Interleukin 10 (IL-10) is an anti-inflammatory cytokine that is found in healthy brain tissue but is upregulated in patients with AD 223. There is a correlation between IL-10 levels and the progression of AD, suggesting that IL-10 could serve as a biomarker for AD diagnosis and/or progression. IL-10 is released by both microglia and astrocytes in response to the increase in pro-inflammatory cytokines to attempt to maintain homeostasis in the immune system 224. IL-10 has been shown to inhibit pro-inflammatory cytokines, including IL-1α, IL-1β, TNF-α, IL-6, and the chemokine MCP-1 223. These findings suggest that increases in IL-10 may also be a possible therapeutic target to manage chronic inflammation, though clinical trials involving anti-inflammatory agents have been unsuccessful, and in some studies even exacerbated the disease 225. Alternative studies have supported this claim, by demonstrating that IL-10 can promote neuroinflammation and cause dysfunction of microglia. In early AD, microglia perform their role of activation, migration, and phagocytosis to alleviate the disease, but as the disease progresses, these functions are inhibited. A study by Guillot-Sestier et al. (2015) suggests that this microglia inhibition is related to IL-10. Il10-deficient APP/PS1 mice (APP/PS1+IL-10−/−) showed a reduction of Aβ in the cerebrum and an increase in the amount of activated microglia surrounding the remaining Aβ, suggesting an increase in microglia migration and phagocytosis 226. This study also demonstrated that APP/PS1+IL-10−/− mice have reduced synaptic loss and behavioral impairments in comparison with APP/PS1+IL-10+/+ mice. Research also shows that a polymorphism of IL-10 increases the risk of developing AD in some populations 227, 228.

4.3.6 Anti-inflammatory signaling: TGF-β1

Transforming growth factor-β (TGF-β) is involved in the regulation of cell growth, cell differentiation, and immunosuppression. Studies have shown that TGF-β is elevated in CSF, serum, and brain microvascular endothelial cells of patients with AD 229, 230. Grammas et al. demonstrates that this increase of TGF-β in endothelial cells also provokes the release of pro-inflammatory cytokines, IL-1β and TGF-α, promoting an inflammatory response 230. Within this family of cytokines, the most abundant isoform is TGF-β1, which is secreted by astrocytes and is a ligand for receptors found on neurons, astrocytes, and microglia 231. TGF-β1 is neuroprotective against Aβ production, deposition, and damage, regulates neuroinflammation, and inhibits the pathway for the tau-phosphorylating enzyme, GSK-3β 232. It is also responsible for causing an increase in the expression of Bcl-2 and Bcl-xl, anti-apoptotic proteins. The quantity of TGF-β1 in plasma has been shown to be decreased in patients with AD 233, 234. When Aβ oligomers are injected into the hippocampus of mice, decrease in synaptic protein levels and atrophy of astrocytic processes occur. However, intracerbroventricular infusion of 10 ng TGF-β1 30 minutes before an injection of 10 pmol Aβ oligomers resulted in reduced levels of the proteins, drebrin, PSD-95, and synaptophysin, and strengthening of astrocytic processes 235. Also, mice that were intracerebroventricularly injected with Aβ failed to spend more time with a novel object in a novel object recognition test, whereas the mice previously injected with TGF-β1 did not show memory impairments 235. TGF-β1 deficiency also causes impairment in the TGF-β1/Smad signaling pathway. The disruption of this pathway contributes to the ectopic phosphorylation of Smad2/3, which has been found in the hippocampal cytoplasm of neurons attached to NFT and within Aβ plaques. There is a negative correlation between TGF-β1 mRNA levels and NFT, suggesting that TGF-β1 deficiency advances tau pathology, causing further impairment of the TGF-β1/Smad pathway 232. These studies demonstrate how disruption of TGF-β1 signaling contributes to the AD pathogenesis.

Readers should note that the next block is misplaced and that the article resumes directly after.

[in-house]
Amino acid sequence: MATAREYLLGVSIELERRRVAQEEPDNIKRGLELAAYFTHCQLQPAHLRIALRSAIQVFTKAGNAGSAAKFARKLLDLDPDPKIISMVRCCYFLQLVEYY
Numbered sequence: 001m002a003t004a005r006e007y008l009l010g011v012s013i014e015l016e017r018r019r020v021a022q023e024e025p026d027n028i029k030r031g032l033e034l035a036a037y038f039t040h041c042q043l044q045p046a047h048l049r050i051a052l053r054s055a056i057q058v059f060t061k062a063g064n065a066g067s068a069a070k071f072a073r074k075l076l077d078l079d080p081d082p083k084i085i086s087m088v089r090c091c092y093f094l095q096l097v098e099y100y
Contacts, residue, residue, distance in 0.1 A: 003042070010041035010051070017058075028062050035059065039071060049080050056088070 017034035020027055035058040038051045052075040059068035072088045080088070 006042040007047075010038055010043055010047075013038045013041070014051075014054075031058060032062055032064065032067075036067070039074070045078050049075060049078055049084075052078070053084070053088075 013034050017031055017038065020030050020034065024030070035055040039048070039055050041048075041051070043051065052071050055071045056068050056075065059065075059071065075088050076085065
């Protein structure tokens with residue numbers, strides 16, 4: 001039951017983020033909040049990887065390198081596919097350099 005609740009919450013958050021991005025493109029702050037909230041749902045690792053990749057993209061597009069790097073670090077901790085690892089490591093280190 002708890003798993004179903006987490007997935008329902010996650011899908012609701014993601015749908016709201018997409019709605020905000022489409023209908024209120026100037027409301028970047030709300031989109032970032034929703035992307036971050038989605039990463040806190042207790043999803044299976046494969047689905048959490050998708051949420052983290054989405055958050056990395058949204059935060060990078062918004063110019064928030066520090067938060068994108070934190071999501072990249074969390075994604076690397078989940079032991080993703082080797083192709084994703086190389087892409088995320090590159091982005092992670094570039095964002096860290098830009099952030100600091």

The aforementioned studies demonstrate a number of specific roles for inflammatory mechanisms altered in AD, as well as a number of mechanisms that are likely related to AD pathogenesis. Given the very strong relationship between the missense mutation in TREM2 and the risk for developing AD, a number of other known risk factors for AD for which the mechanism underlying the risk is not known have now been hypothesized to be linked to inflammation.

4.4 Relevance of inflammation and risk factors for AD

A number of risk factors have been identified that confer greater risk for developing AD. These include age 236, cardiovascular changes 237, traumatic brain injury 94, 238-240, and metabolic disorders such as diabetes. Interestingly, each of the aforementioned risk factors also is associated with an immune response, including in the brain. This has led to hypotheses that elevated inflammation and/or inflammatory signaling may be increasing the risk 241. As mechanisms are numerous, we have explained one example below in more detail.

4.4.1 Diabetes mellitus (DM), AD, and inflammation